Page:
View mode: basic / threaded / horizontal-split · Log in · Help
July 22, 2004
Interface Access Control
There's a problem I have with C++, and I'm curious what the D solution is
(or if there's a better C++ solution than the one I'm using):

In essence, I want a collection of classes to muck around with each others'
internals, but without exposing those same internals to any other classes.
(Consider some kind of factory class where the factory directly manipulates
the private members of the created object, and then hands that object to
some caller.)

My best solution so far is to make the factory a "friend" of the child.
However, I really don't like how it lets the factory access *everything*
inside the child.

What I'd prefer is to somehow selectively grant access to a subset of
methods to another class:

- My ideal solution would be to have the child object implement some
interface, and then permit the factory (but nobody else) to cast to that
interface.
- Second best would be to specify a group of methods that a "friend" class
can access.
- Third best might be to use packages somehow, where classes inside the
package can access each others' protected methods.

As it stands, I'm stuck with using friends, which offer more access than I'd
prefer to allow.

Any suggestions?  How do you solve this problem in C++?  How would you solve
it in D?

-david
July 22, 2004
Re: Interface Access Control
In article <cdn63r$74l$1@digitaldaemon.com>, David Barrett says...
>
>There's a problem I have with C++, and I'm curious what the D solution is
>(or if there's a better C++ solution than the one I'm using):
>
>In essence, I want a collection of classes to muck around with each others'
>internals, but without exposing those same internals to any other classes.
>(Consider some kind of factory class where the factory directly manipulates
>the private members of the created object, and then hands that object to
>some caller.)
>
>My best solution so far is to make the factory a "friend" of the child.
>However, I really don't like how it lets the factory access *everything*
>inside the child.

One possibility is to put everything in the same package and make that data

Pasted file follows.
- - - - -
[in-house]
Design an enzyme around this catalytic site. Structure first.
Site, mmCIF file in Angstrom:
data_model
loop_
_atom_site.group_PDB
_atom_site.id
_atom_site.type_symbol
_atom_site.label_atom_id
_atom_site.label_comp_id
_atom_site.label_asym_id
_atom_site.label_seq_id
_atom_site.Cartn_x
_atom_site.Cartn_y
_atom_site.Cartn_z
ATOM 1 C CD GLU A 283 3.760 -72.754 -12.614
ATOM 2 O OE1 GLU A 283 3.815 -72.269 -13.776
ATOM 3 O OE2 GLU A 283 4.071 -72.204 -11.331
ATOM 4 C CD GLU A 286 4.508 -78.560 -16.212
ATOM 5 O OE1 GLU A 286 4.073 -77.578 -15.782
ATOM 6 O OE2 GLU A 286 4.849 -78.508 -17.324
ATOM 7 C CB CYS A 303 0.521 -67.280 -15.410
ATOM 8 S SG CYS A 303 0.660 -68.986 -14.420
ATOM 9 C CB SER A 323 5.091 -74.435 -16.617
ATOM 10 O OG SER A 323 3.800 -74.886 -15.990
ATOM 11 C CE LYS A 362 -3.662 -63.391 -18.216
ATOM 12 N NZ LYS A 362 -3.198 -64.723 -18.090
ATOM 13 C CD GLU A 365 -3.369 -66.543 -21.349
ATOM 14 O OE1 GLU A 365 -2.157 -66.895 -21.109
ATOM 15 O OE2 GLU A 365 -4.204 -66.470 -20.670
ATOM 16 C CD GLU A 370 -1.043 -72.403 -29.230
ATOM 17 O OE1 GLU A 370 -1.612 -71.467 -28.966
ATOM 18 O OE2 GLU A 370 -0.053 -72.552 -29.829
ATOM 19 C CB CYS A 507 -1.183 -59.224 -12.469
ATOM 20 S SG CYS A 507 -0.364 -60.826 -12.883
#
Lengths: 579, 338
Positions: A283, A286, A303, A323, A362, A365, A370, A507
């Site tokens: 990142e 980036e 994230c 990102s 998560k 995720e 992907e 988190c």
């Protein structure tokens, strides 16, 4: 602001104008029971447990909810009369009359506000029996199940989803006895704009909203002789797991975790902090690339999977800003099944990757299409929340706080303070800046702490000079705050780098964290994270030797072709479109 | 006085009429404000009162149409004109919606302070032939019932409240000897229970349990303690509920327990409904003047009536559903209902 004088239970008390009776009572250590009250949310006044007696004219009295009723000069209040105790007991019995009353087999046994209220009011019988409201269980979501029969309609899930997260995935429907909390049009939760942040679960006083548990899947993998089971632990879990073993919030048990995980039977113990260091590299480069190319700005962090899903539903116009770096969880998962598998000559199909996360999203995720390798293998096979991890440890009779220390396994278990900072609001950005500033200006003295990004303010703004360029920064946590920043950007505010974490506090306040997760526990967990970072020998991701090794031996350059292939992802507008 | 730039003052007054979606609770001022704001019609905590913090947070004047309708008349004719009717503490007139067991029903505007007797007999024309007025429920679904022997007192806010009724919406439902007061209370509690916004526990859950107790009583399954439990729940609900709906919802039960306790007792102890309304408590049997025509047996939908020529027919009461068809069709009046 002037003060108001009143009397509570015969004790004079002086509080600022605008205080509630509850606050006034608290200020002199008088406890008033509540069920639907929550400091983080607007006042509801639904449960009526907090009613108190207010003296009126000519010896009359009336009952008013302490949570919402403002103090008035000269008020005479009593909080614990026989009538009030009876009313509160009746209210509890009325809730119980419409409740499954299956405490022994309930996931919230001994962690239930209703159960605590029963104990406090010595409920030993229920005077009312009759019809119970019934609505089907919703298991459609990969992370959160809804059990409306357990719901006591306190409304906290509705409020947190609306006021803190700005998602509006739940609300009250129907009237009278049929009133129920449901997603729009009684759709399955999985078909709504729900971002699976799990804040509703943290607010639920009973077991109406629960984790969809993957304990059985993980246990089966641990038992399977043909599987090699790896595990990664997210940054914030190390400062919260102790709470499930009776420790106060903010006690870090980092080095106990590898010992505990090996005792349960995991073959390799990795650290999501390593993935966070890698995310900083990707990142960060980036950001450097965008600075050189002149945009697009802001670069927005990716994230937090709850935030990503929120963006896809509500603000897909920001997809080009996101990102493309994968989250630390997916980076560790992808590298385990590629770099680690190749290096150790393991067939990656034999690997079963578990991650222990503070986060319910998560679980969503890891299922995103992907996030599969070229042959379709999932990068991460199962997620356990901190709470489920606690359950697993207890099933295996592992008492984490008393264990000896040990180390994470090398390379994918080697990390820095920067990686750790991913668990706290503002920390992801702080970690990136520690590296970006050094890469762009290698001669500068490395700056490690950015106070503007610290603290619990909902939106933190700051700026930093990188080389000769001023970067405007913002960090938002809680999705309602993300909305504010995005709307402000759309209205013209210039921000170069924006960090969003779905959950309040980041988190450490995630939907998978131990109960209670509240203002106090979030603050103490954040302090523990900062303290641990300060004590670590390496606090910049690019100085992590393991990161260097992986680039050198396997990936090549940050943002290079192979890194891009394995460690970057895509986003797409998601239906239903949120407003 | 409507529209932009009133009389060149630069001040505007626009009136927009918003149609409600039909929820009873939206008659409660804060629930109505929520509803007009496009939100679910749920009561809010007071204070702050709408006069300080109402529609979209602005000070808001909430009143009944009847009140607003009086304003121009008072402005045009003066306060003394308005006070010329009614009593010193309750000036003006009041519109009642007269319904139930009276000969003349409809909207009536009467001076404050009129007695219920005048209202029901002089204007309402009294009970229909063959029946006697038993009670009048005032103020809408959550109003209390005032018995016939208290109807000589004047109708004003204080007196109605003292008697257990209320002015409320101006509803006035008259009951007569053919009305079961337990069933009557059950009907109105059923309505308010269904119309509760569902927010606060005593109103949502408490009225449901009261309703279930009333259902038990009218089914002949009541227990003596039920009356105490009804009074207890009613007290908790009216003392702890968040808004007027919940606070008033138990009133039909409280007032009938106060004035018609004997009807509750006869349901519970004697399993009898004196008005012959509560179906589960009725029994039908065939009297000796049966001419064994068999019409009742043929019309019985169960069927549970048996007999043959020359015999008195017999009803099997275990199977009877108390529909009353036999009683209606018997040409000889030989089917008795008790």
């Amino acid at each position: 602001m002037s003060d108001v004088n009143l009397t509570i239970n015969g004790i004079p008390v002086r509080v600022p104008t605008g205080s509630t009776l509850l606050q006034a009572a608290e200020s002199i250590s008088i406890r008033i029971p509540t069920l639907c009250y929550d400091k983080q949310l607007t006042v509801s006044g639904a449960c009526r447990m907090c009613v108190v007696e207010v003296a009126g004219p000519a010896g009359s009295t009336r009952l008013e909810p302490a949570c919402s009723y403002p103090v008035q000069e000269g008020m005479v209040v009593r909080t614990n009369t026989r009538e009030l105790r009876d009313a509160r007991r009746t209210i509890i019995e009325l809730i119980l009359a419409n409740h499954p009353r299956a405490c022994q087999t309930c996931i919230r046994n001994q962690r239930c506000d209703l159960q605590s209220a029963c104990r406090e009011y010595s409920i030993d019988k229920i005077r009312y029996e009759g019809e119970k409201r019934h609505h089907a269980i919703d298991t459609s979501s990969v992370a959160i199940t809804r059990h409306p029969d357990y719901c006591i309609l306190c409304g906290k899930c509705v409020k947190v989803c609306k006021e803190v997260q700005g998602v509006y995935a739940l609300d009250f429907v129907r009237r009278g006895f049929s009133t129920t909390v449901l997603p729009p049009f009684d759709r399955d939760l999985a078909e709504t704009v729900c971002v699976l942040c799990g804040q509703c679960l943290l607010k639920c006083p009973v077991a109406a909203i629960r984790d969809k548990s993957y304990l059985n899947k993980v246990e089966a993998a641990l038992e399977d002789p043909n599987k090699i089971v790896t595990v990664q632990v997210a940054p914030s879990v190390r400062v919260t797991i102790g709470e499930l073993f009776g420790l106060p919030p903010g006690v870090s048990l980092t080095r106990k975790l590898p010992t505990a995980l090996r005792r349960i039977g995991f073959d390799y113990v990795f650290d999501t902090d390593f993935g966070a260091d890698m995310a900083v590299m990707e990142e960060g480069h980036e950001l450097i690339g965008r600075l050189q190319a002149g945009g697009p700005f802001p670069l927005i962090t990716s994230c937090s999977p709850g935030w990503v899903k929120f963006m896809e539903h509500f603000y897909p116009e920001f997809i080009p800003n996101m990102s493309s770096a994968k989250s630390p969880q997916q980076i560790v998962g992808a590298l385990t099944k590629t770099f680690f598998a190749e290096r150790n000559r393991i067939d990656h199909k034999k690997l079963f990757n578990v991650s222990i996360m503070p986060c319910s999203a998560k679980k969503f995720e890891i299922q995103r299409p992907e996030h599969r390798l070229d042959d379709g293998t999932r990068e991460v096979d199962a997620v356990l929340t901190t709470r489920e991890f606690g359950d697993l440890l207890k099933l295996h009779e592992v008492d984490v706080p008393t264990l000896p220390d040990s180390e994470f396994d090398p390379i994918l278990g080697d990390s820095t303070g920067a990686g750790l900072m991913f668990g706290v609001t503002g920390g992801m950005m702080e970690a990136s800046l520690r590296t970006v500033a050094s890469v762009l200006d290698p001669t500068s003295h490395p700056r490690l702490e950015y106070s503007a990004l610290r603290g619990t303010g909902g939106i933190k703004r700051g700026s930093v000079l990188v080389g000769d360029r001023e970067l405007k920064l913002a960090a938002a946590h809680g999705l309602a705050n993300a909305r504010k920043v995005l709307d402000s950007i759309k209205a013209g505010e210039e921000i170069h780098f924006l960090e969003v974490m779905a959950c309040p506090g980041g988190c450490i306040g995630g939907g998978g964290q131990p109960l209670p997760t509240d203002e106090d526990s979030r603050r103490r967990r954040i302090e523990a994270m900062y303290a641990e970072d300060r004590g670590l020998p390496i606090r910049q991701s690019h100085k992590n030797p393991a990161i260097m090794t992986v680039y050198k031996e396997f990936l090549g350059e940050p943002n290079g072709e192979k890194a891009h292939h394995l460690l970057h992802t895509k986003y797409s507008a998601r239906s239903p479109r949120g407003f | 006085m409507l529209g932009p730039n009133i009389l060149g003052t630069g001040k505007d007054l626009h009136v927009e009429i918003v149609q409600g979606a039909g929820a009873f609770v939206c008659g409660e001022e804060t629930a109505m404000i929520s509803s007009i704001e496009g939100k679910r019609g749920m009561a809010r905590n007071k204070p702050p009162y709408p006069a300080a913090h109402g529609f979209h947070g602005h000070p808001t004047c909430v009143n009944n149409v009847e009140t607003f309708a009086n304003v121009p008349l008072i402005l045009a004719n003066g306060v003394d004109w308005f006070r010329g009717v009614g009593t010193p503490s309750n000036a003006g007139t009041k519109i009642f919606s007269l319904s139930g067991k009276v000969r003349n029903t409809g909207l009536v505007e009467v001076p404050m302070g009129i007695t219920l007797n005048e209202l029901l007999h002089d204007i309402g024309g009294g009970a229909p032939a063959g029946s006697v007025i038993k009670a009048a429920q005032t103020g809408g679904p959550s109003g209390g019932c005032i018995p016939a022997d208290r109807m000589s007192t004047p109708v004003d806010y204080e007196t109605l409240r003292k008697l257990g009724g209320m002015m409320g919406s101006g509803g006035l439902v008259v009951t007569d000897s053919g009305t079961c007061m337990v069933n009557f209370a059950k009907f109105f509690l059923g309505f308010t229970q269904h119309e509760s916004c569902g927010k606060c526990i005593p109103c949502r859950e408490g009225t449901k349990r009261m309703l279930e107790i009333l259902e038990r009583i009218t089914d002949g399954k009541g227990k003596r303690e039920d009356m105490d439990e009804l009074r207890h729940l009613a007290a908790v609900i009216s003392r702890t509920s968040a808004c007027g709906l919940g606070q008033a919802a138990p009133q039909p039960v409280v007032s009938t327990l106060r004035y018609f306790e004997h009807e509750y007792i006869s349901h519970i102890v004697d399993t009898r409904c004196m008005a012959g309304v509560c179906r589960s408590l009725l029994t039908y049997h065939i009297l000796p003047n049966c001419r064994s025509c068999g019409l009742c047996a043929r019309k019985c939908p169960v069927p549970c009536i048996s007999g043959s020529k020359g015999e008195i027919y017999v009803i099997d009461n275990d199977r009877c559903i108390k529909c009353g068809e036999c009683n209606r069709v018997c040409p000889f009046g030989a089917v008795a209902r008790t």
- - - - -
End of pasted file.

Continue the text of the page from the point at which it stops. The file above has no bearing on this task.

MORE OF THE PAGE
privcate: "private means that only members of the enclosing class can access the
member, or members and functions in the same module as the enclosing class."

You can also get a bit fancy with returning interfaces, but then you might need
to come up with a way to make sure that only the classes you want to can
actually access that interface.  I've done this kind of thing before in C++ with
proxy classes that forward calls via function pointers (which in D would
probably involve delegates).  This has the added function of decreasing
coupling, which can be occasionally useful.

>- My ideal solution would be to have the child object implement some
>interface, and then permit the factory (but nobody else) to cast to that
>interface.

Easiest thing would be to make the method that returns the interface private or
protected and then use inheritance or package access to control who can call the
method.


Sean
July 22, 2004
Re: Interface Access Control
How about reversing your use of Interfaces in this case? I mean, let the
factory and its buddies see the full concrete implementation, but expose
only a limited Interface to clients via a factory constructor. If you really
need to hide the implementation classes completely, you might consider
making them private within the same module (or package?) as the factory.

Would that not work? Perhaps I don't understand the question correctly ...